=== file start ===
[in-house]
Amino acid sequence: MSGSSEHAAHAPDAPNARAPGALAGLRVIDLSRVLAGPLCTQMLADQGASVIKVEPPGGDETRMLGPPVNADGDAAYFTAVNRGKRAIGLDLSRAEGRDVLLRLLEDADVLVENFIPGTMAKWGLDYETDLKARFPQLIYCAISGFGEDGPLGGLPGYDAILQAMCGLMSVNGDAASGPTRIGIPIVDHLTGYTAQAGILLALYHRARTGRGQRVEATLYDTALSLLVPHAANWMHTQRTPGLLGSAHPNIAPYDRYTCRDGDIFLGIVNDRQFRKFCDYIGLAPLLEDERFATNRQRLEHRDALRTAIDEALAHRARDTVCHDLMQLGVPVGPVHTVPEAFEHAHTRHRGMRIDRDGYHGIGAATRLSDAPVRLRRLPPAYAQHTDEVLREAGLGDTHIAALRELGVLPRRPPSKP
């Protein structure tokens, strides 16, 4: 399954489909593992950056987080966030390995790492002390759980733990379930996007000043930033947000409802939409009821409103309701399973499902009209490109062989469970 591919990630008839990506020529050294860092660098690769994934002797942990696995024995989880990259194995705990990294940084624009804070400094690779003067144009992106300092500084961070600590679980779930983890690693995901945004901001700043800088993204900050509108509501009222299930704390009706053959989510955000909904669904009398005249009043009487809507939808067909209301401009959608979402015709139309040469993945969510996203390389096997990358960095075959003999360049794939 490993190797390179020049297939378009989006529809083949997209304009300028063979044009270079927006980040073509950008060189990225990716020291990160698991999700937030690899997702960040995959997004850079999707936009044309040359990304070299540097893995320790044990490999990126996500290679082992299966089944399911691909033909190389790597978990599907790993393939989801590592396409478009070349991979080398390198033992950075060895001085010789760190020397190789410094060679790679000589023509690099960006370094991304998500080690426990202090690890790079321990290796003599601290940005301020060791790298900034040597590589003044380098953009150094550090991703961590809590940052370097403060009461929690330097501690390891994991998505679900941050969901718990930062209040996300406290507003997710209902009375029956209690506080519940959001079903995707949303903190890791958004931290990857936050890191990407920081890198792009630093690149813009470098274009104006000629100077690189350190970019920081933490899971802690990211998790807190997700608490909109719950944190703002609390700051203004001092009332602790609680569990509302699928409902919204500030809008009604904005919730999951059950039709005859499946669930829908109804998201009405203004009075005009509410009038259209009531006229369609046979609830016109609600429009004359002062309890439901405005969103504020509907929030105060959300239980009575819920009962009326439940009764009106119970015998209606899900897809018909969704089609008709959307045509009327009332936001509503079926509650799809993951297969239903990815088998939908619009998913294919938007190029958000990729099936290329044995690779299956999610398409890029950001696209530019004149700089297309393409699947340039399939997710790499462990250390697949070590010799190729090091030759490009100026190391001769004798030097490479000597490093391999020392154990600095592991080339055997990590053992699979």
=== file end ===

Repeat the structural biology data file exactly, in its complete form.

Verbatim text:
[in-house]
Amino acid sequence: MSGSSEHAAHAPDAPNARAPGALAGLRVIDLSRVLAGPLCTQMLADQGASVIKVEPPGGDETRMLGPPVNADGDAAYFTAVNRGKRAIGLDLSRAEGRDVLLRLLEDADVLVENFIPGTMAKWGLDYETDLKARFPQLIYCAISGFGEDGPLGGLPGYDAILQAMCGLMSVNGDAASGPTRIGIPIVDHLTGYTAQAGILLALYHRARTGRGQRVEATLYDTALSLLVPHAANWMHTQRTPGLLGSAHPNIAPYDRYTCRDGDIFLGIVNDRQFRKFCDYIGLAPLLEDERFATNRQRLEHRDALRTAIDEALAHRARDTVCHDLMQLGVPVGPVHTVPEAFEHAHTRHRGMRIDRDGYHGIGAATRLSDAPVRLRRLPPAYAQHTDEVLREAGLGDTHIAALRELGVLPRRPPSKP
């Protein structure tokens, strides 16, 4: 399954489909593992950056987080966030390995790492002390759980733990379930996007000043930033947000409802939409009821409103309701399973499902009209490109062989469970 591919990630008839990506020529050294860092660098690769994934002797942990696995024995989880990259194995705990990294940084624009804070400094690779003067144009992106300092500084961070600590679980779930983890690693995901945004901001700043800088993204900050509108509501009222299930704390009706053959989510955000909904669904009398005249009043009487809507939808067909209301401009959608979402015709139309040469993945969510996203390389096997990358960095075959003999360049794939 490993190797390179020049297939378009989006529809083949997209304009300028063979044009270079927006980040073509950008060189990225990716020291990160698991999700937030690899997702960040995959997004850079999707936009044309040359990304070299540097893995320790044990490999990126996500290679082992299966089944399911691909033909190389790597978990599907790993393939989801590592396409478009070349991979080398390198033992950075060895001085010789760190020397190789410094060679790679000589023509690099960006370094991304998500080690426990202090690890790079321990290796003599601290940005301020060791790298900034040597590589003044380098953009150094550090991703961590809590940052370097403060009461929690330097501690390891994991998505679900941050969901718990930062209040996300406290507003997710209902009375029956209690506080519940959001079903995707949303903190890791958004931290990857936050890191990407920081890198792009630093690149813009470098274009104006000629100077690189350190970019920081933490899971802690990211998790807190997700608490909109719950944190703002609390700051203004001092009332602790609680569990509302699928409902919204500030809008009604904005919730999951059950039709005859499946669930829908109804998201009405203004009075005009509410009038259209009531006229369609046979609830016109609600429009004359002062309890439901405005969103504020509907929030105060959300239980009575819920009962009326439940009764009106119970015998209606899900897809018909969704089609008709959307045509009327009332936001509503079926509650799809993951297969239903990815088998939908619009998913294919938007190029958000990729099936290329044995690779299956999610398409890029950001696209530019004149700089297309393409699947340039399939997710790499462990250390697949070590010799190729090091030759490009100026190391001769004798030097490479000597490093391999020392154990600095592991080339055997990590053992699979």